Throughout the rest of the album, we see a variety of themes discussed by Lincoln, all the while being presented through the lens of his enthusiastic guitar work that has trademarked his songs in years gone by. Even his acoustically driven melodies (songs 12-14) and his instrumental track, all on the deluxe edition, have his trademark guitar skills and passion that has set him apart from almost every other worship artist in the modern era. ‘Deep Down (Walk Through Fire)’ is the first song on the album, and with a heavy guitar presence, and a radio friendly atmosphere that could potentially work in the song’s favour if it wants to be a radio single in the near future, Lincoln presents to us that, deep down in our spirit and soul, when every façade is stripped away, we as humans and as Christians, ought to really know that God is for us, in spite of what our circumstances say. That deep down, this is what we believe, that ‘…even when I walk through fire, I won’t be burned, I’ll set my feet upon Your word, I know Your love will never fail, this I know now, deep down…’ Lincoln’s acoustic version of the song is also available on the deluxe edition, and for me, I felt that rendition was in some ways much more raw, unfiltered, sincere and even passionate compared to the layered EDM-style version that is the first track. For some, the studio version would be the one that they resonate with more, and that’s ok. Lincoln’s new side shown through the acoustic renditions is a good thing, as evidenced through ‘Deep Down’. ‘Your Love is Amazing’ is one of the songs on the album that can easily fit in a Sunday morning worship service, and is, by far, one of the most lyrically ‘generic’ sounding songs that Lincoln has ever done. Despite this drawback, and the repetitious chorus, we can’t deny the passion that Lincoln exudes in this track alone, thereby negating some of the lyrical moments that seem to pale when comparing this song to various others on the album. Nevertheless, ‘Your Love is Amazing’ can certainly work in a Sunday morning worship setting, therefore, the song set out in achieving what it intended to do- facilitate people into corporate worship.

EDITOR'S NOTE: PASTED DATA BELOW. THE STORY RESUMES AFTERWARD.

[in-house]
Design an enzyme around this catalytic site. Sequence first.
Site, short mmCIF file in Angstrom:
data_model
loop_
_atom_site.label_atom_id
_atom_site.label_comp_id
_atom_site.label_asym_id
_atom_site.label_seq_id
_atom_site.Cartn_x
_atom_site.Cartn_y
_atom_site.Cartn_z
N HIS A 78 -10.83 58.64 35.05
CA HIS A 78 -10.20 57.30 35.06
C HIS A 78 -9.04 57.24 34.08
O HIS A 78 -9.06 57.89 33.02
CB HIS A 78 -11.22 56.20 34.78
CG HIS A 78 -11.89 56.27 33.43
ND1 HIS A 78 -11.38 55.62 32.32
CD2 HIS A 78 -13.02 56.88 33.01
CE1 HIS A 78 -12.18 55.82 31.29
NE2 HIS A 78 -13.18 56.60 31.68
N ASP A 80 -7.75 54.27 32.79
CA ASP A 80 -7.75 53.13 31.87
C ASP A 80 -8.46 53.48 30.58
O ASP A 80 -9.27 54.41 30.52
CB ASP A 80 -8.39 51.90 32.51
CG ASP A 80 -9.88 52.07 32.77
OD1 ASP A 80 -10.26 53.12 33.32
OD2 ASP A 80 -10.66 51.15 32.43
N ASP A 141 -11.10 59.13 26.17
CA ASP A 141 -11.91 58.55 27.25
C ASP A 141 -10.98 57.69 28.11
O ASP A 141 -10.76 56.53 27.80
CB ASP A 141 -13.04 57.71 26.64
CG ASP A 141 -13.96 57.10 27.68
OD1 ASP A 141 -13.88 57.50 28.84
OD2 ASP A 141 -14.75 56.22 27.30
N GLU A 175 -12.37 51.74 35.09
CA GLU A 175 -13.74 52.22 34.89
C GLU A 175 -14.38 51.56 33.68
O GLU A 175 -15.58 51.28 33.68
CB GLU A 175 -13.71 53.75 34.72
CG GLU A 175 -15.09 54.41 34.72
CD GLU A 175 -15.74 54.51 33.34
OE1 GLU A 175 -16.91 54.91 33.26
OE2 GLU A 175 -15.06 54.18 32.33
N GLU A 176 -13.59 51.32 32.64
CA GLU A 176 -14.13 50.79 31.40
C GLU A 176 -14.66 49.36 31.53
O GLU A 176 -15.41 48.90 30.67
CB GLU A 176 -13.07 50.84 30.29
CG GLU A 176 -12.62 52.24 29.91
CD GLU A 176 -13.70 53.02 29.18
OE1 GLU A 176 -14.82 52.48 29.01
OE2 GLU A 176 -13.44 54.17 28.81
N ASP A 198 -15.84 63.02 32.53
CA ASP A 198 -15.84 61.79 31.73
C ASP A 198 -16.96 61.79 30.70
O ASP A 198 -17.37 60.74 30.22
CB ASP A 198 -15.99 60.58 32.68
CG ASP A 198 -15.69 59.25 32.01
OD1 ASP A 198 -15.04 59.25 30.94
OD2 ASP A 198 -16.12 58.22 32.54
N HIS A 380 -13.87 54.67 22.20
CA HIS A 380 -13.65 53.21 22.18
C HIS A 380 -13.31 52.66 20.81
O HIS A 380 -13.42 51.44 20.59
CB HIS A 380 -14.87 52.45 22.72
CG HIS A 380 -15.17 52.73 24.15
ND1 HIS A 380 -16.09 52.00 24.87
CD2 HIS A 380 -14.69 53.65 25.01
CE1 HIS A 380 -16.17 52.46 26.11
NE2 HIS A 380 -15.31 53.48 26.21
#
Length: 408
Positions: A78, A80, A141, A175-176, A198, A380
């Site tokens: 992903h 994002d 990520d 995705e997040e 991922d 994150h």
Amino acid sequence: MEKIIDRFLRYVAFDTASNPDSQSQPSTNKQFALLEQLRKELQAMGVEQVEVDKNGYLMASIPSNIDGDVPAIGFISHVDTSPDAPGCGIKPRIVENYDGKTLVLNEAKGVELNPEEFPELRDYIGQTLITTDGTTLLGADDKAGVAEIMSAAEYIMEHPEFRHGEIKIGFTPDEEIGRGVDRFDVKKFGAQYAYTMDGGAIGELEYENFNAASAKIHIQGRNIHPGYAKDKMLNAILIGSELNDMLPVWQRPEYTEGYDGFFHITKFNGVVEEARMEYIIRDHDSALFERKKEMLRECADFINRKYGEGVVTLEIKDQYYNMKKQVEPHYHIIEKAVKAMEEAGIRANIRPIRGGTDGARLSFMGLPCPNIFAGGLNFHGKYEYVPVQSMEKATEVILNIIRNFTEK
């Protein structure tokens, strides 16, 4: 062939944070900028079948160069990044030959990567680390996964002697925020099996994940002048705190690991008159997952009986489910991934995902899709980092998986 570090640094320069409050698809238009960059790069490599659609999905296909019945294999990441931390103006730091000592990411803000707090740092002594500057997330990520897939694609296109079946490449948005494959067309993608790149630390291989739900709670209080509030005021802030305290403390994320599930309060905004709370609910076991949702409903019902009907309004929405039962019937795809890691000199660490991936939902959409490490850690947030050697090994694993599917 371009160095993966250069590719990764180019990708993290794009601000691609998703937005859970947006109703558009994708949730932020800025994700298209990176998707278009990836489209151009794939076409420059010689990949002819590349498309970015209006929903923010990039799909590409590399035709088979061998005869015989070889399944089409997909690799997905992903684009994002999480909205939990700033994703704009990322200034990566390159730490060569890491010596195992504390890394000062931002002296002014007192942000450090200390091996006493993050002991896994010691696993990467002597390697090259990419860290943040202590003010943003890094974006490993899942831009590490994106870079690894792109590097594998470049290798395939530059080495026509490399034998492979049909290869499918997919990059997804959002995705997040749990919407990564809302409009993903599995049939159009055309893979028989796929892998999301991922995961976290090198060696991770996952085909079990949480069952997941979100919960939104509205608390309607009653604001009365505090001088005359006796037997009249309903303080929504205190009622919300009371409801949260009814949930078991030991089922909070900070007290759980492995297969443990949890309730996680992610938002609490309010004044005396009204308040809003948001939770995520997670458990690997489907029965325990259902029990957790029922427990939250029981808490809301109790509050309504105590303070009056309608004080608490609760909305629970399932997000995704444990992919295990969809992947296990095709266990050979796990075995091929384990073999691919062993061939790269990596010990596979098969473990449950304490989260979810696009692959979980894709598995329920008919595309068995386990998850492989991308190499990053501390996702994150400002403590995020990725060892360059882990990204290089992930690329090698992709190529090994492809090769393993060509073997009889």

‘Turn It Around’ continues to rely on repetitious chorus hooks to draw in people in a potential corporate worship-style setting, yet for a song in its own merit, compared with others of the past and others on this album, ‘Turn It Around’ sadly can’t be saved…nothing against Lincoln himself, its just that with a repetitious chorus, and a message that can and has been shown and depicted in another similar-titled song ‘Turn Around’ by Matt Maher, years ago, Lincoln’s melody, though impressive musically with all the guitar work, seems to be just that- fancy guitar work. Though the lyrics are indeed true, the song hasn’t drawn me into a place of worship…yet. Maybe in the future though. ‘Loyal’, ‘Amazing God’, ‘Higher’, and the title track ‘God of the Impossible’ form the bulk of the middle section of the album (‘Loyal’ also is present as an acoustically driven rendition, which is also, in my opinion, the better choreographed version of the song), and each song present a necessary theme that is needed much in society and within the church right now- ‘Loyal’ encourages us to see God as just that- loyal to us and standing steadfast despite however we feel or even believe about situations we experience, while ‘Amazing God’ creates a space that allows us to marvel and be in wonder of God’s amazing qualities, that He is …clothed in everlasting wonder, mercy streaming from Your throne, brighter than all heaven’s splendour, You are amazing, God…’ Aside from the guitar solo that was added onto ‘No One Like Our God’ when the full version came out on this album, the guitar solo on ‘Amazing God’ is perhaps one of the most impressive out of any guitar solo on this album (aside from the instrumental track ‘Relativity’ of course!).